And just like that we are in the latter half of October!

Fun holidays like Halloween are approaching (yay!) but being in Canada, we are already experiencing colder weather and shorter days. For some, entering the late fall or early winter can trigger ‘seasonal depression’ which occurs during particular months (summer or winter) beginning and ending around the same time each year. In the winter specifically, reduced sunlight can disrupt our circadian rhythms, overproduce our melatonin levels, and prevent the release of serotonin (the neurotransmitter responsible for regulating our mood among other functions). As a result, we may crave foods high in simple carbohydrates, sleep longer, and withdraw socially in favour of staying in.

When low emotions and lethargy develop into a lasting depressive state, affecting your thoughts, feelings, and interfering with your daily activities, you could be experiencing Seasonal Affective Disorder (SAD) – a clinically recognized mood disorder.  Today we will discuss how seasonal changes influence our emotions and behaviours and how we can manage this over the coming months.

DID YOU KNOW? Seasonal Affective Disorder makes up 10% of all depression cases

 

daylight savings TIME

Clocks roll back at 2:00AM on NOVEMBER 7, 2021

This occurs each year: beginning the second Sunday in March and ending the first Sunday in November.  We fast forward an hour in March and are held back an hour in November (this year it will be November 7). There is dispute over the initial reasoning for implementing this bi-annual time change, but most sources indicate that the initiative was intended to help conserve energy due to maximizing sunlight, though the effects of this claim have not been scientifically proven. Unfortunately, turning our clocks back is met with more disadvantages than benefits.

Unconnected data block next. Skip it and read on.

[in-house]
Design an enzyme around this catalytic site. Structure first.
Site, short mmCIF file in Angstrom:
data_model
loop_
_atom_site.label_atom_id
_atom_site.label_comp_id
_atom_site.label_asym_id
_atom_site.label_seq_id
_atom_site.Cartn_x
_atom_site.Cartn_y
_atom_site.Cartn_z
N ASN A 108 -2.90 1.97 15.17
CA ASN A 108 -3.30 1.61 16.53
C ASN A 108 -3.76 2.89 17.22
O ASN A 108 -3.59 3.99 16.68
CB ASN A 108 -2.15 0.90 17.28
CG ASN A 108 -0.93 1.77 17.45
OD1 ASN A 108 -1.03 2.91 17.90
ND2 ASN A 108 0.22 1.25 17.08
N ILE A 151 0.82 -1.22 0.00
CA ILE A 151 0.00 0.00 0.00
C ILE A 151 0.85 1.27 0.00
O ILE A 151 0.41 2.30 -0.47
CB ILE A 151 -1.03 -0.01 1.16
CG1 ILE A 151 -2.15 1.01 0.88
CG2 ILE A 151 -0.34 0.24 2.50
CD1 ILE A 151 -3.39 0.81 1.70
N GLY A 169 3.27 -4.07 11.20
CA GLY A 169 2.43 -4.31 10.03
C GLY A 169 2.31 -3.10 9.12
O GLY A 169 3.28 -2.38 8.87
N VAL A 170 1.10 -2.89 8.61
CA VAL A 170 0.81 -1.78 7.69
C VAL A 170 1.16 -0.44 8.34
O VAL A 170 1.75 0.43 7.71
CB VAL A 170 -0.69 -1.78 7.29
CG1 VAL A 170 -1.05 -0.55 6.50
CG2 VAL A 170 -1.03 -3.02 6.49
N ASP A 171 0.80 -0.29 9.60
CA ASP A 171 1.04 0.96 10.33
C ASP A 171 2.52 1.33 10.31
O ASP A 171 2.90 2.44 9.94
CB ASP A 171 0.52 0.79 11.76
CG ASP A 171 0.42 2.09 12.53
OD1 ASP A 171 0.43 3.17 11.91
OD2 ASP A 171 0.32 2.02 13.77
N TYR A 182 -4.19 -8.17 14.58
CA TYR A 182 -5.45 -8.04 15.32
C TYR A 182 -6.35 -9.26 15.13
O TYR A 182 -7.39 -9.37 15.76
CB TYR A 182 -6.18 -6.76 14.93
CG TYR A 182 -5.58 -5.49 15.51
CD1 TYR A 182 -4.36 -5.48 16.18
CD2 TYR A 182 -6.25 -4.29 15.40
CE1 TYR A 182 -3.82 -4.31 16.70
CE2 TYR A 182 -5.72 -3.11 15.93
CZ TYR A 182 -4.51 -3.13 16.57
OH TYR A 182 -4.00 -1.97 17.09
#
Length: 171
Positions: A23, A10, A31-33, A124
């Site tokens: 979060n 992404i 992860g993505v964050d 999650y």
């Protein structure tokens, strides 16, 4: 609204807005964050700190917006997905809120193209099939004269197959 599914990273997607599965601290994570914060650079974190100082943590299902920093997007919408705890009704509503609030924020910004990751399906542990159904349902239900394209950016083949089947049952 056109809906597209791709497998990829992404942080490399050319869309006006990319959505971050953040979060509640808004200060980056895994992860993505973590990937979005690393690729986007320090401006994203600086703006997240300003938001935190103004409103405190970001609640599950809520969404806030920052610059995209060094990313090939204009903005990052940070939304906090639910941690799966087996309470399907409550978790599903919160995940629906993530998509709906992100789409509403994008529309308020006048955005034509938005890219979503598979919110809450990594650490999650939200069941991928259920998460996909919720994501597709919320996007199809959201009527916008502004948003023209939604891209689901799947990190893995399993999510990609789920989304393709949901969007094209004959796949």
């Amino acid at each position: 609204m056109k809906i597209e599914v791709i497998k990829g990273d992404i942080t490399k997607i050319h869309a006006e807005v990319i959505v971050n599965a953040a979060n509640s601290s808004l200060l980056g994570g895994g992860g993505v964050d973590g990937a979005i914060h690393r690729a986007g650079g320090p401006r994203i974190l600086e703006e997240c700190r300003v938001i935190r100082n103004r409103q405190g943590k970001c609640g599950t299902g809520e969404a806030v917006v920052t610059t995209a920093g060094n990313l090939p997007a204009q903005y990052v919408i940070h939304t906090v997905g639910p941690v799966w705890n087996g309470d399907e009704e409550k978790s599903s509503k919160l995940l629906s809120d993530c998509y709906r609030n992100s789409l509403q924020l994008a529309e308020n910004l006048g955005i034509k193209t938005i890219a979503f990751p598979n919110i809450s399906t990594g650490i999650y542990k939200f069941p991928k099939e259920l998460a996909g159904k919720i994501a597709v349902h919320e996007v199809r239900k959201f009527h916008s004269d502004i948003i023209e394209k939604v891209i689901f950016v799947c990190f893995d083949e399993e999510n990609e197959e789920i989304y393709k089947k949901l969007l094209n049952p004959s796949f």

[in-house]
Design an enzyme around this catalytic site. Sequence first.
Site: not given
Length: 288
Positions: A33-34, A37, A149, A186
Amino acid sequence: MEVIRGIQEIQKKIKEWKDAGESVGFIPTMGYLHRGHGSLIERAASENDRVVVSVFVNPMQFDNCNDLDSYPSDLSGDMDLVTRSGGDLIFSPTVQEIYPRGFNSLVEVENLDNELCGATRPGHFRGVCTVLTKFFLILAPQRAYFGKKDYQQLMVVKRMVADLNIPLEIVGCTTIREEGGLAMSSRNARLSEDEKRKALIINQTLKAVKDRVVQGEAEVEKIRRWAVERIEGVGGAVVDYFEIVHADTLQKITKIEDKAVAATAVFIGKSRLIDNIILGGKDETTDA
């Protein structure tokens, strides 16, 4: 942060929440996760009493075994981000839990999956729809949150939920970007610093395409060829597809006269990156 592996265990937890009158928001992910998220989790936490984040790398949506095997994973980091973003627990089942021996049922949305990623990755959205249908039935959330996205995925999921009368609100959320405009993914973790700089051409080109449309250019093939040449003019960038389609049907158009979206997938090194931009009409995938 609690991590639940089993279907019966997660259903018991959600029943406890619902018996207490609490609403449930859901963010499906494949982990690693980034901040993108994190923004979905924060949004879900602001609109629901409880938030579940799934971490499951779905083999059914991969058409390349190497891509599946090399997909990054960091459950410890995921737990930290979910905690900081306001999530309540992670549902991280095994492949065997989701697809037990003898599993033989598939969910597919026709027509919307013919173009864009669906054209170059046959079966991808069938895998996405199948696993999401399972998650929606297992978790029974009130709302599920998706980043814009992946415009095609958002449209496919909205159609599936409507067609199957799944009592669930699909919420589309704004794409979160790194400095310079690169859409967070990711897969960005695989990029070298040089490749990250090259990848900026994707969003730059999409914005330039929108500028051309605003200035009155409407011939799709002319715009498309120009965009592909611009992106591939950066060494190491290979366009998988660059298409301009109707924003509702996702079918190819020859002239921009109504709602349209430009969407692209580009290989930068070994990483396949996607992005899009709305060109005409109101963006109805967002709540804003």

Daylight Savings Time impacts both our physical health and mental health. From almost immediately after gaining an extra hour for up to the first three weeks following, people can experience:

  • Reduction in sleep
  • Disruption to our internal clocks
  • Rise in strokes

With additional increases in heart attacks, vehicular accidents, and workplace injuries when we lose an hour of sleep in the spring.  However, one thing that makes a significant difference during the end of Daylight Savings Time in the fall is the surge in depression rates.   

DID YOU KNOW? 18% of Canadians will experience some form of the winter blues in their lifetime.

coping with darker days

  • Get exposed to natural light: get outside when the sun is out by breaking up chores throughout the day (checking the mail, raking leaves, shoveling, walking the dog, etc.) and if not, be sure to sit or do your work by windows if possible, it may involve rearranging furniture to let in more sunlight.
  • Amp up the artificial light: light therapy is effective in up to 85% cases, but you can also invest in lamps that are specifically made to help with SAD. Some are pricey, but many are affordable through sources such as Amazon. What to look for in a SAD light here: https://www.healthline.com/health/sad-lamp
  • Select specific scents: aromatherapy can help boost our moods through diffusing essential oils or using them in rollers. Bergmot, peppermint, lemon, lavender, and cedar are known to be uplifting
  • Talk to your doctor: regarding medication and therapy. Antidepressants in the form of Selective Serotonin Reuptake Inhibitors have been shown to improve SAD symptoms, as well as Cognitive Behavioural Therapy. A doctor can rule out symptoms caused by physical issues (hormonal imbalances, illness, nutrient deficiencies, etc.) and connect you to providers of therapy services (including light therapy).